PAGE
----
High doses of statins used in the new studies should be a concern for everyone, according to Dr. Golomb, who has been documenting the serious adverse reactions to this drug class. “There is reason to be concerned about 80 mg. because the benefit of statins is dose dependent, and so are the harms,” she said, “There is more potential for serious adverse reactions.” Dr. Golomb is also the principal investigator of the University of California San Diego Statin Study . People typically take statins for life; yet the statin trials lasted no more than five years.

“What matters is not just whether the person has a heart attack or not,” she continued, “What matters is the over-all complications and over-all mortality, yet in most cases, the drug companies have not released the non-cardiac data.” Dr. Golomb explained that the few statin trials that have done so, either showed the benefits and harms of the drug were even or there was “a trend toward harm”—that is, more women died in the statin group then in the placebo group, but this was not statistically significant.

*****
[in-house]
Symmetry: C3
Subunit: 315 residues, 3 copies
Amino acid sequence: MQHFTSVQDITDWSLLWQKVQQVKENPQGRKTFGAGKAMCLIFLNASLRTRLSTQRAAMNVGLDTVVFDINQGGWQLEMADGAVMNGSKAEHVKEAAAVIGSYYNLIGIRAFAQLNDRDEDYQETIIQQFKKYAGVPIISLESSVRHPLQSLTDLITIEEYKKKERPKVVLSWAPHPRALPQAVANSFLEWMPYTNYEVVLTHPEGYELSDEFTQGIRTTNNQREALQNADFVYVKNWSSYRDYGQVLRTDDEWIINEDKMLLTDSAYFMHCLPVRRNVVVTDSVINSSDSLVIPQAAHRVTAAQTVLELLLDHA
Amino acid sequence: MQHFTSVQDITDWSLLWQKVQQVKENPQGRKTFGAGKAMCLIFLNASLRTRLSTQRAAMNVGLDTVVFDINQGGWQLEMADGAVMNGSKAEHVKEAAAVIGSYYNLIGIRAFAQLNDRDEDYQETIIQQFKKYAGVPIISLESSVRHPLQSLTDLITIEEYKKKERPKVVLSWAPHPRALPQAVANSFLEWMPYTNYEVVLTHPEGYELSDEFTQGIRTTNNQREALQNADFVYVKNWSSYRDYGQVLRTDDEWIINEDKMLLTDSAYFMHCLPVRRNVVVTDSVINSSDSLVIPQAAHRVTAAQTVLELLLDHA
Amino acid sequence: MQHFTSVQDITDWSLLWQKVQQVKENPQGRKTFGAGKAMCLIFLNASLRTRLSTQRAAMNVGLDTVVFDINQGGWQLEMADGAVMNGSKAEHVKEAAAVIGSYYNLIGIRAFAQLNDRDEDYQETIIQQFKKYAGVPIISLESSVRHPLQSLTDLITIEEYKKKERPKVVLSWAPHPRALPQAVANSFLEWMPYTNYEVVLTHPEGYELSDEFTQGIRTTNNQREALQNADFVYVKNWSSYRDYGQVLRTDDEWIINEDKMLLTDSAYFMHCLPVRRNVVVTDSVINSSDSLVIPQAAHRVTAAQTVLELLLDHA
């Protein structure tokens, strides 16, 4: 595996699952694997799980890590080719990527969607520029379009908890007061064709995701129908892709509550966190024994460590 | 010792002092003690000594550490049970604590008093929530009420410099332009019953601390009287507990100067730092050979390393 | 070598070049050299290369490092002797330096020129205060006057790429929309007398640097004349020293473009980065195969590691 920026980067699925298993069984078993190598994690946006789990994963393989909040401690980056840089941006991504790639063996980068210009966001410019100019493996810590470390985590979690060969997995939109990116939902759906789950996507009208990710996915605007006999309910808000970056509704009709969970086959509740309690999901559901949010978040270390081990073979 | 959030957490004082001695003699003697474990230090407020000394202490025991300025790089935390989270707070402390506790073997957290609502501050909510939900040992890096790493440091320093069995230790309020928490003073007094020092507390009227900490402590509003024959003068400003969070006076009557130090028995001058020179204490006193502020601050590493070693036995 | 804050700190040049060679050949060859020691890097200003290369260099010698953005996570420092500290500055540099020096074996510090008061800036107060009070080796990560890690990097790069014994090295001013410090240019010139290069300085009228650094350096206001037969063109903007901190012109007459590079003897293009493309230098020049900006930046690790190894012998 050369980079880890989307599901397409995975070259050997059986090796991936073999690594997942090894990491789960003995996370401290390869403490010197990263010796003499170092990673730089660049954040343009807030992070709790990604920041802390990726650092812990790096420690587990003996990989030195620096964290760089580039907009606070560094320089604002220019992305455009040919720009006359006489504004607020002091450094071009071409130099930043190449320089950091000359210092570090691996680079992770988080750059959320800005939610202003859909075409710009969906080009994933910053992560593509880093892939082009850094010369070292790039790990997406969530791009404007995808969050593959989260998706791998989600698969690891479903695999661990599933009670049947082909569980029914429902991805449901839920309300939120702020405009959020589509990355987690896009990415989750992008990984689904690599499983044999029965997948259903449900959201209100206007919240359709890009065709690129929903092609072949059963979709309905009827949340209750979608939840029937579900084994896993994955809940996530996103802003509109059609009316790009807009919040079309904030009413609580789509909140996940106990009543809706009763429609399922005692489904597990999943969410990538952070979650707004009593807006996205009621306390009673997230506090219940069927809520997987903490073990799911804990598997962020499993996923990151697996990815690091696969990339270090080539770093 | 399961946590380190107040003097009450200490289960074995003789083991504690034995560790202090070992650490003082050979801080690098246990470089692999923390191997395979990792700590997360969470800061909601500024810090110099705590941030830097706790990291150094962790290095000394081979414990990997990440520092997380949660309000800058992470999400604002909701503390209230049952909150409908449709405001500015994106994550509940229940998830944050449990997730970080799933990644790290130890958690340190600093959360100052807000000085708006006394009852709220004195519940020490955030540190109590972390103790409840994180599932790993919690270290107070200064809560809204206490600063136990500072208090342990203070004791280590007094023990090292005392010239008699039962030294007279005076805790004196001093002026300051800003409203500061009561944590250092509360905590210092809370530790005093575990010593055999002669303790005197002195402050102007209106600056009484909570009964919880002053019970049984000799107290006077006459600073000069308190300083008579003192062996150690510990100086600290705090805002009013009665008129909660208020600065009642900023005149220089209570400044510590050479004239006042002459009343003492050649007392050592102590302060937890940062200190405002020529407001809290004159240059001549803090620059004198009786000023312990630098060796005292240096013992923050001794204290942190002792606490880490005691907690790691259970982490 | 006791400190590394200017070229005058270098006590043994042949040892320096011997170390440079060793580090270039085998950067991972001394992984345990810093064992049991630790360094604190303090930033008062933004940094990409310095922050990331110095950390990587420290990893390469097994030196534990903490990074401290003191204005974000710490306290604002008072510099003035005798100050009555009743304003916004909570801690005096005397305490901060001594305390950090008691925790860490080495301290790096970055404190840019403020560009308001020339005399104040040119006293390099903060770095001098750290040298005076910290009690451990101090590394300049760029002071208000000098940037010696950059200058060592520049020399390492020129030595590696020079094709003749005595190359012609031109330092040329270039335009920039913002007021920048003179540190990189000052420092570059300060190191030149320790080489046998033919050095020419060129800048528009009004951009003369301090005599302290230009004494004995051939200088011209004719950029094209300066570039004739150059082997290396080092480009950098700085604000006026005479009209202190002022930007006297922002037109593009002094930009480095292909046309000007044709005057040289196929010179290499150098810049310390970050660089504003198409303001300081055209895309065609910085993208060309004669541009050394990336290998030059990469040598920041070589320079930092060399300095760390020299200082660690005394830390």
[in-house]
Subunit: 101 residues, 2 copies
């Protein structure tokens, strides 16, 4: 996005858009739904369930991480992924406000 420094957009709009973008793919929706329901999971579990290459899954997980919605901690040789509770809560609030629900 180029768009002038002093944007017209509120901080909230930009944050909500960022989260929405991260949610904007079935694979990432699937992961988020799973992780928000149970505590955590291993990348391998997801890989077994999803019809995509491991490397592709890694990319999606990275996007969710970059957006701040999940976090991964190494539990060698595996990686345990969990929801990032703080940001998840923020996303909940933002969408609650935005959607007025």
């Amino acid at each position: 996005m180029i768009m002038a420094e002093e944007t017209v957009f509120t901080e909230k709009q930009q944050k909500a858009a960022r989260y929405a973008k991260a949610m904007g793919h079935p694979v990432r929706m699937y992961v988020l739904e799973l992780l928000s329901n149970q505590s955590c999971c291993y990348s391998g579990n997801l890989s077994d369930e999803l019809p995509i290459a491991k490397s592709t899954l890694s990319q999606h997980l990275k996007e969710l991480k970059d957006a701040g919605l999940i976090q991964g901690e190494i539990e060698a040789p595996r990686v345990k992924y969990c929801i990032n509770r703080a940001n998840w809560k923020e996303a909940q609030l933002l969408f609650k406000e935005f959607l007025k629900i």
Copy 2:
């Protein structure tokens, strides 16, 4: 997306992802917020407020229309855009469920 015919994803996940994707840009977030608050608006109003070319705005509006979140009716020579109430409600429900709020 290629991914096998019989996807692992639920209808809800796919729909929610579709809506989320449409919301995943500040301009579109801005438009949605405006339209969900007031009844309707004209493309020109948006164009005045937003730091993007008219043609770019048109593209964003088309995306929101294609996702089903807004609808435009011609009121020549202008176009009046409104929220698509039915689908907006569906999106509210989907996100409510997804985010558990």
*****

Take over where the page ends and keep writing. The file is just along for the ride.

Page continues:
All government-funded trials, Dr. Golomb continued, are obligated to make their serious adverse events data available to the public. This includes hospitalizations, prolonged hospitalizations and deaths from all causes. “But the reality is that all the major statin trials are funded by drug companies, and there is no obligation to release this critical information,” Dr. Golomb said, adding that she wrote each drug company that has failed to release its data and was turned down. “They [the drug companies] claim it’s irrelevant.”

To Dr. Abramson, lifestyle changes are the forgotten element in the rush to drug therapy: “We know that people over 65, who don’t smoke, eat a Mediterranean-style diet, exercise regularly, drink moderately, have a death rate reduced by two-thirds that of people the same age who don’t maintain these healthy habits.”

Maryann Napoli, Center for Medical Consumers ©
February 2005